Statistics: 13 miles,  ascent 1522′,  descent 1318′,  7 hours

The Dingle Way begins at the town park in Tralee.  As we made our way from the park to the outskirts of town we were fortunate to begin our hike under blue skies and lovely views along the Prince’s Quay.

leaving Tralee
Once out of the town, we soon noticed the Blennerville Windmill  which is the largest working windmill in Ireland.  It was built in the year 1800 and was the point of embarkation for many emigrant ships that left Ireland for North America during and after the Potato Famine of the mid-19th century.  It eventually fell into disrepair and in the 1980s the local community banded together to restore the structure.

Blennerville Windmill

After several miles, our path turned parallel to the Slieve Mountains directly above us.

trail at base of mt
As we gained elevation we had a clear view of the Port of Tralee.

port of tralee

The  easy-going trail quickly became a boggy mire.  We crossed many streams as they tumbled down the mountainside.  The going was very slow as we struggled to keep from sinking up to our ankles in the muck.

many stream crossings
A few minutes later we encountered the 9 or 10th-century ruins of Killelton Church.  Not much of it remains, but it was fascinating.

killeton church
Just beyond the church we came upon the ruins of a post-medieval village.

post medieval village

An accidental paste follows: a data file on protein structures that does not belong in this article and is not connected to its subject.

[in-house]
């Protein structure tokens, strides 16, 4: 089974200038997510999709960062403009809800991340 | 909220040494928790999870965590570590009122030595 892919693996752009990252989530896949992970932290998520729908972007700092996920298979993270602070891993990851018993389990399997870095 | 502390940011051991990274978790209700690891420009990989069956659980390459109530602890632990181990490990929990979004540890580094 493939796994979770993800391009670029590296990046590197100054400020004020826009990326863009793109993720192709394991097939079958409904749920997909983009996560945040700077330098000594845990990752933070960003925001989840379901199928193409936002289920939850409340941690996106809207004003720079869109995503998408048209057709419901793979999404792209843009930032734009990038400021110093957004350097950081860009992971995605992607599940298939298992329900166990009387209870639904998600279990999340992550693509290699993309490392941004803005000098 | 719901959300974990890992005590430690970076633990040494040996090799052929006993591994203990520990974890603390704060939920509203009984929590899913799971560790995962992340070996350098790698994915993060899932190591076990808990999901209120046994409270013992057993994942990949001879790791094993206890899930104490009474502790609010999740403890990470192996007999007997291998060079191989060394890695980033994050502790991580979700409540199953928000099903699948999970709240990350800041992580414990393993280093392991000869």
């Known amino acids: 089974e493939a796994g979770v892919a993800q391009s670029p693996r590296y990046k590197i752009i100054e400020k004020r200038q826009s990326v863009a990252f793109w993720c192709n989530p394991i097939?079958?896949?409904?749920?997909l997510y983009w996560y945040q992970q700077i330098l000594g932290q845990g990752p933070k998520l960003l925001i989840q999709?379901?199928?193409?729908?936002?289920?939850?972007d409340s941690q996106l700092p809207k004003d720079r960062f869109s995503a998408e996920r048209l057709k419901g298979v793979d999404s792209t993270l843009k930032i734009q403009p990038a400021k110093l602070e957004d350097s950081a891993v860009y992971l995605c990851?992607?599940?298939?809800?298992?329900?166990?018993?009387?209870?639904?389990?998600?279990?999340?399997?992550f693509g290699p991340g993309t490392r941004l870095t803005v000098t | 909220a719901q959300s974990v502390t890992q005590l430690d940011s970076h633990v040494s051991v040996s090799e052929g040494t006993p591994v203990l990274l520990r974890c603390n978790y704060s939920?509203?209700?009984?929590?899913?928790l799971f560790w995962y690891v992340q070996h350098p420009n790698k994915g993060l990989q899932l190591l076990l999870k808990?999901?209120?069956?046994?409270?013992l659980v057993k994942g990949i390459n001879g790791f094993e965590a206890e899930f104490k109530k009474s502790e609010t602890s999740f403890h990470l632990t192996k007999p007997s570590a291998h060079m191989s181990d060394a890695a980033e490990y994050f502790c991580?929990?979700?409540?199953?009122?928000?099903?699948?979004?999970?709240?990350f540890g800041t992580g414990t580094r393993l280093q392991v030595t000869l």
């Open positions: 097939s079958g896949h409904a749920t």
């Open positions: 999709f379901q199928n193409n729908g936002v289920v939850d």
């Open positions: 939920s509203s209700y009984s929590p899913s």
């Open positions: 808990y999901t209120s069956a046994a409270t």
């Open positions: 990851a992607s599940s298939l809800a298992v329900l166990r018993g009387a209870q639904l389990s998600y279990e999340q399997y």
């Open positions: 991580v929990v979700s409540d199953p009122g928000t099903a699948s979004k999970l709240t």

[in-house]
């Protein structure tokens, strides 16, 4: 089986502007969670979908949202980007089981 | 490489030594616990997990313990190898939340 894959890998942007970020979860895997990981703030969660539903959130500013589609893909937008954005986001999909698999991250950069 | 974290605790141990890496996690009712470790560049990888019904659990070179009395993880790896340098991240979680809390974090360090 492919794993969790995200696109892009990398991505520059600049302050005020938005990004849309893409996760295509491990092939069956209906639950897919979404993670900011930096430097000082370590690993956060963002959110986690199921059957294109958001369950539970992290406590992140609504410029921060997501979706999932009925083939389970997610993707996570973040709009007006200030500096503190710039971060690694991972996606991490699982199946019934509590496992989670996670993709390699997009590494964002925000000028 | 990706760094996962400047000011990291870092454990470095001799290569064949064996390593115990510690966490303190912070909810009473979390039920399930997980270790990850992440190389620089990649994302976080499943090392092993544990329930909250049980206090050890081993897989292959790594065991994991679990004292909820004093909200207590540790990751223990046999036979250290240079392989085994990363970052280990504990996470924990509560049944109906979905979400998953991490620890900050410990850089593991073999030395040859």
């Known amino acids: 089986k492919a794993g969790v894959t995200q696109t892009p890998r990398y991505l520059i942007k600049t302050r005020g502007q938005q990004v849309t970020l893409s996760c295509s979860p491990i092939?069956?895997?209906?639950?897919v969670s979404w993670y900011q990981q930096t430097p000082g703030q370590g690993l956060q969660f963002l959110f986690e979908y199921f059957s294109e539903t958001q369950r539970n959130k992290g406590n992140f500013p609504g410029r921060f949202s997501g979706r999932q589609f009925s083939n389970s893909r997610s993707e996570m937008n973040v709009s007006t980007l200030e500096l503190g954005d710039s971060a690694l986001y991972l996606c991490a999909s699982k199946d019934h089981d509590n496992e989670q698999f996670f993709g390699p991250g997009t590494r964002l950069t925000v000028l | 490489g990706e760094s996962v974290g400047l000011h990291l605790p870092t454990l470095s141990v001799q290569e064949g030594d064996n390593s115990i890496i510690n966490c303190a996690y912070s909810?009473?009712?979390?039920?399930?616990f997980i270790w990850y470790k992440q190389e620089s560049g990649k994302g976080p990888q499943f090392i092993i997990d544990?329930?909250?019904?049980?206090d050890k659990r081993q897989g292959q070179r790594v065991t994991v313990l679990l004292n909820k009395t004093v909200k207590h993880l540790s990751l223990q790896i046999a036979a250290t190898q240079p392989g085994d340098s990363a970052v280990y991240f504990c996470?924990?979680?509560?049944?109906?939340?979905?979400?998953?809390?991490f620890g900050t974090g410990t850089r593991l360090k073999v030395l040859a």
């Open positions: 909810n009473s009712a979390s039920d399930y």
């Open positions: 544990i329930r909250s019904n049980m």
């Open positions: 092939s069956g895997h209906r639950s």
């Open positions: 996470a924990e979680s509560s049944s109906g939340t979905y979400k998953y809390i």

This trail became an enchanted, wooded path for some distance.  At one point, when I was forced to jump from stone to stone to stay out of the mud, I mistook a cow pie for a stone.  Now with a green, gooey boot, I was glad to see we were approaching the Finglas River where I could do a little cleanup.  Before I could rinse my boots, however, as I attempted to cross this river I nearly ended up in the water when that slippery boot slid across one of the stepping stones.

finglas River
Finally reaching Camp Upper, we were warmly greeted by our host, Kathleen Daly, at her very pleasant Finglas House B&B and were ushered into her lounge for tea and cake.  The B&B was not far from the ocean and the view, with the sun still shining, was spectacular.

view from finglas house
Kathleen recommended the pub across the street, the James Ashe Pub,  for dinner.  The food was excellent and the atmosphere cozy.

ashes pub20180913_153124

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